Probably one of the reasons I chose to go into journalism and then social work had a lot to do with my upbringing. I still try to educate people as much as I can. I know everyone is entitled to their own opinions, but I just hope they take a moment to think before they judge and/or speak negatively.

After my mother passed away in 2010, my life changed again, I became an adult in an instant. My mom, Jeanine, always was my mom, even as an adult and when you lose that person you have to grow up fast. That was very difficult for my brother and for me. She was our rock and a huge support, along with our father in everything we did. I traveled through a spout of depression because I had lost my best friend and because everyone knew her. Basically everything reminded me of her and it still can, but it has become easier. I ended a long term relationship after my mom passed away and then I did some soul searching. I met my now fiancé, Kevin Watkins, a 1999 Manistee High School graduate.

Another thing that I never expected to happen while I was growing up was to have a baby before I was married, or out of “wedlock” as many of the people say. Well, Kevin and I got pregnant and had a daughter, Lauren last July. To add more unexpectedness to my life, Kevin has two older daughters, Kaya, 12 and Ana, 10, from a long-term relationship, ranging from high school until 2009. There were periods of time where they did not see each other, which put a strain on the entire relationship and it ended up terminating it in the end. Kevin and his ex-girlfriend hadn’t really spoke in a few years and knowing this, I knew that he needed to make things right, because he needed those girls as much as they needed him in their lives.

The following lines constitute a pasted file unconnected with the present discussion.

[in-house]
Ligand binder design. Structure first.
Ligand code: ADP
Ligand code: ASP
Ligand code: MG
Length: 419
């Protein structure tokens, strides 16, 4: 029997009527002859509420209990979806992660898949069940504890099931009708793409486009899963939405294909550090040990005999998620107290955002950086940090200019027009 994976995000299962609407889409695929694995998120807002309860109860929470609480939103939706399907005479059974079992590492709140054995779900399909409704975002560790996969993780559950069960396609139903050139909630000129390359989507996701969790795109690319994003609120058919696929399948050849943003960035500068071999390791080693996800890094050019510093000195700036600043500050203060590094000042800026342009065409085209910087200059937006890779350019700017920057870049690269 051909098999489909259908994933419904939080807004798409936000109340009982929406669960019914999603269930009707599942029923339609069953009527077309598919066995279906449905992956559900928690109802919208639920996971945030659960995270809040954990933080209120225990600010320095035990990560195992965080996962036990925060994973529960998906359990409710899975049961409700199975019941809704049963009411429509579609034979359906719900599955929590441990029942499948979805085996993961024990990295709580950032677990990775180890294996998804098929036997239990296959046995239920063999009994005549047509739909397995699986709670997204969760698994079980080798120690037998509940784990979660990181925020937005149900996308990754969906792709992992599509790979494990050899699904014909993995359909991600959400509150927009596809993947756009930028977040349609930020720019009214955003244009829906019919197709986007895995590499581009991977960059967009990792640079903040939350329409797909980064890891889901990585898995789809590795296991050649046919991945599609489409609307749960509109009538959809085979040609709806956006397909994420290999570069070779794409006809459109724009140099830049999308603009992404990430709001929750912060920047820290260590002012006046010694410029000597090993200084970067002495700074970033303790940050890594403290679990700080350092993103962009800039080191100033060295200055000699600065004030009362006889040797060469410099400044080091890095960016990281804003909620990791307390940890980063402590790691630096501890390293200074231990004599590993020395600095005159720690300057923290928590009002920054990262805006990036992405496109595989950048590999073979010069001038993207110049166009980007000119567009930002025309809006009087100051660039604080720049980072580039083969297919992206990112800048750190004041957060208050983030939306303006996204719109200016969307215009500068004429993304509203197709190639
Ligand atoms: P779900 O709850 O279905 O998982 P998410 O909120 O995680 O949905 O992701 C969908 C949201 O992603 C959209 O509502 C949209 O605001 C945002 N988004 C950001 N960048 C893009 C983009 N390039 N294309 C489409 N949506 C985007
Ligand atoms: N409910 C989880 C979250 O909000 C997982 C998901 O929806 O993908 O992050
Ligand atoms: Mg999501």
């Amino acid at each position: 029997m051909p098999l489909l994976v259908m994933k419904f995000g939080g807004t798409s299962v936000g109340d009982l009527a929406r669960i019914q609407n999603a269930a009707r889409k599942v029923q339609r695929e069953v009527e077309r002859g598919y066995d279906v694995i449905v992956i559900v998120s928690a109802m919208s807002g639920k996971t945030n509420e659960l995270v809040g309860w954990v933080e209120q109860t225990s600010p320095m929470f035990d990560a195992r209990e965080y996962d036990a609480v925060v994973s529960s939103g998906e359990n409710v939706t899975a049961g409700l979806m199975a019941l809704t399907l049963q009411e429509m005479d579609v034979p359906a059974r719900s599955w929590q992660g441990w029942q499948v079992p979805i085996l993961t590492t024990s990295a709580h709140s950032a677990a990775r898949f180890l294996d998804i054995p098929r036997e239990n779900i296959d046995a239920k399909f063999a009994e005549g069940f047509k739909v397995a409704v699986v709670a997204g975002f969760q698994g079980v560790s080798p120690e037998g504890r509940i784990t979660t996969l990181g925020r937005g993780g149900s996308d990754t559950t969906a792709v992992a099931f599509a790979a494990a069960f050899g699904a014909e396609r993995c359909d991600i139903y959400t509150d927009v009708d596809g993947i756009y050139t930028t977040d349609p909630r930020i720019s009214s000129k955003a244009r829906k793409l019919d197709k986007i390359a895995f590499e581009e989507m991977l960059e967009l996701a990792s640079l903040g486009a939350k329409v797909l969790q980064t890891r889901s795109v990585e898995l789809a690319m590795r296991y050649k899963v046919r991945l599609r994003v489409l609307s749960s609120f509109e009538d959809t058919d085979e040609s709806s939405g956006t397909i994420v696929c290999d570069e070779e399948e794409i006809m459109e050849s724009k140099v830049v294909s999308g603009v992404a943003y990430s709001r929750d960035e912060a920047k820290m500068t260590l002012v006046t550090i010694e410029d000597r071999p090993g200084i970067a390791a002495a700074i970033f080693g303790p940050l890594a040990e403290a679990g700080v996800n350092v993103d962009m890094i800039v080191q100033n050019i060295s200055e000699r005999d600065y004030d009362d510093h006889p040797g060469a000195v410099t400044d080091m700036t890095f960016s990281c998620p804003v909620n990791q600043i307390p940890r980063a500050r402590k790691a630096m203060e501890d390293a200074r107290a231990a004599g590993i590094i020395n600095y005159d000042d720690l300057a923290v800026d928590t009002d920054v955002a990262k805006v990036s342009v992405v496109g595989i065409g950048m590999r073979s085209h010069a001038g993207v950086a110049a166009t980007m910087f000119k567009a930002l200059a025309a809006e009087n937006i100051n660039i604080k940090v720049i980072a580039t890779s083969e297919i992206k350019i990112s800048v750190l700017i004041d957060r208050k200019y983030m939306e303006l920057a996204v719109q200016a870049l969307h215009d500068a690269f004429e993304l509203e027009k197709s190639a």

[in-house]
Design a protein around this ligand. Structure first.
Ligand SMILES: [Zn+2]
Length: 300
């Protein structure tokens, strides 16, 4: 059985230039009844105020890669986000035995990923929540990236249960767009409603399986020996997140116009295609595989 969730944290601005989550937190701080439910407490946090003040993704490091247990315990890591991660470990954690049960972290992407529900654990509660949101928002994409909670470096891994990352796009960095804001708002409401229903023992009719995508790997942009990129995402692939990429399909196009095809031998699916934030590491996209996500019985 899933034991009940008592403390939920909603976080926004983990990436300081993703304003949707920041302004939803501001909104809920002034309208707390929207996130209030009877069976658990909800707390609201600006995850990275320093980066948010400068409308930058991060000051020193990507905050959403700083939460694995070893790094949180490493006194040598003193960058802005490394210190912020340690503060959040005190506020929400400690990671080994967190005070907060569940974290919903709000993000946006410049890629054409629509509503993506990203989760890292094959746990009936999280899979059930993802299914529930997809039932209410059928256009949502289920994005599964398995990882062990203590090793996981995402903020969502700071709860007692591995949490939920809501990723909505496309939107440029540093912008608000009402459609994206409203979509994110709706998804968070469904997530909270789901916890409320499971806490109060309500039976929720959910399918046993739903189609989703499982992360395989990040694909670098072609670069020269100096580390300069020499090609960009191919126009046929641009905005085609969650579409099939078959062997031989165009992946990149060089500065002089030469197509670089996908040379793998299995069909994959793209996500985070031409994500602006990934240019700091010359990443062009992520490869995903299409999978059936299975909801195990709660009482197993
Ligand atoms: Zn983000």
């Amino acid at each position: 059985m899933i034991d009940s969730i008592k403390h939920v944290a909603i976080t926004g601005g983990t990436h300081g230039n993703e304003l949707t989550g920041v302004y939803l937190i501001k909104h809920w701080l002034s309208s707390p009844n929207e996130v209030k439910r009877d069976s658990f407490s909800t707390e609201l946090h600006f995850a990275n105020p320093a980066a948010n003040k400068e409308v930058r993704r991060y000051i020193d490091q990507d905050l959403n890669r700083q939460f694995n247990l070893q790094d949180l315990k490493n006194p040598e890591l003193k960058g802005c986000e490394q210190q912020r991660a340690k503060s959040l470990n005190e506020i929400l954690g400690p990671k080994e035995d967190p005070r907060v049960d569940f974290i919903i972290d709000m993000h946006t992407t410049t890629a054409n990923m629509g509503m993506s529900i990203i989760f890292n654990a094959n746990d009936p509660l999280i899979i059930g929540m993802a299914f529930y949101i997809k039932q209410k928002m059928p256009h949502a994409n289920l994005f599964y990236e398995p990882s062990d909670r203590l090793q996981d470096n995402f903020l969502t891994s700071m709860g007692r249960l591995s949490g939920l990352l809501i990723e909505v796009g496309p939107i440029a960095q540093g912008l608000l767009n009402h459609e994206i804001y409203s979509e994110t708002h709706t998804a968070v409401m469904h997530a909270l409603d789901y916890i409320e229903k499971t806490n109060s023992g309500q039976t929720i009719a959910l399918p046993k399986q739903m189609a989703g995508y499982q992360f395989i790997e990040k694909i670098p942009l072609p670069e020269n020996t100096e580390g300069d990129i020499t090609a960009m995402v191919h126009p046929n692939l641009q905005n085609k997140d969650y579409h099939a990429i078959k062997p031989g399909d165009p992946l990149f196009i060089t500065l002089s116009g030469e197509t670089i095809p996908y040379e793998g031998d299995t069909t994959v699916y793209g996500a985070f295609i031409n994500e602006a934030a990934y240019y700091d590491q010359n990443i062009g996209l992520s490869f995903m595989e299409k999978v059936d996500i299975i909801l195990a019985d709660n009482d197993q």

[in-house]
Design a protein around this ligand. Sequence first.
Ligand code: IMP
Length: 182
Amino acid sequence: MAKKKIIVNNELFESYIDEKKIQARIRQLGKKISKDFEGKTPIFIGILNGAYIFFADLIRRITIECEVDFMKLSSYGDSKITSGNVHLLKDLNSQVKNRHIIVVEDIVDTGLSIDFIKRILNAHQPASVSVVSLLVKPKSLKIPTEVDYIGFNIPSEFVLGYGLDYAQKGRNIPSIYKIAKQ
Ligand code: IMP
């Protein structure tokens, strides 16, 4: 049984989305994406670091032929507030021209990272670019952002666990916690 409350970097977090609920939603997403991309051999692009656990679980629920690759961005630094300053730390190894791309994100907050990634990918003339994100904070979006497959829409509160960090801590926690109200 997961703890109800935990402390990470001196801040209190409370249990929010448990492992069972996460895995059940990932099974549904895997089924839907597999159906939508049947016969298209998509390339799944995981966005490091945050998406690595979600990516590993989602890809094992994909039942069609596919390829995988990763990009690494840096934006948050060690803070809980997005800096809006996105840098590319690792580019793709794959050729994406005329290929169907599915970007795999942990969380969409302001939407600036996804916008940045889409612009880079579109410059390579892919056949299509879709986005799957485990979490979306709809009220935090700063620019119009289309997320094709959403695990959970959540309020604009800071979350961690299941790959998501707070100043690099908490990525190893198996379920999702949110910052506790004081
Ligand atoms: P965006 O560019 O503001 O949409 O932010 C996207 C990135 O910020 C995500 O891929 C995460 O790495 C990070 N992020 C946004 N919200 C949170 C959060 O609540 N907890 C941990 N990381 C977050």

While being pregnant with Lauren, I really tried to encourage Kevin to get reconnected with his daughters. He met with their mother and they both were on the same page about how important it was for Kevin to be in their lives. Kevin began to rekindle a relationship after not seeing them due to his four years after high school in the military, including two deployments and then moving out west for different jobs. Shortly after he began seeing his daughters, I gave birth to Lauren and I knew I had something I needed to do. I needed to meet these two girls, introduce them to their half-sister and start to build a loving relationship with them and let them know that even though I would never try to take the place of their mom, I would be there for them and do whatever I could to help them through life.

More importantly, Kevin has been re-accepted by Kaya and Ana after not seeing him for many years, and it has been extremely important for them to become part of our lives and to come spend time with us every weekend.

Growing up, I never thought I would have a blended family, it was almost looked down upon when I was young and I think that has changed so much in the last 10 years. My relationship with the girl’s mother is good and we all co-parent to the best of our abilities. As my own daughter gets older, I hope she knows that she has two amazing, beautiful, educated and very well-manner sisters — not half-sisters — I will always treat them as her sisters because really there is not much difference, especially when the adults can come together and do what’s in the right interest for the children and can leave their drama out of it.

We may not always get along, but who does? But as long as the children don’t see it, it’s always good to communicate, even if it’s not always in agreement.

I would not change my life for anything in the world. I am a mother, fiancé, soon to be step-mother and I enjoy every minute of it. If you would have asked me when I was 25, where I would be, I wouldn’t probably had said here, I would have probably said I’d be out working using my degrees and building my career, but sometimes the unexpected is better than the planned.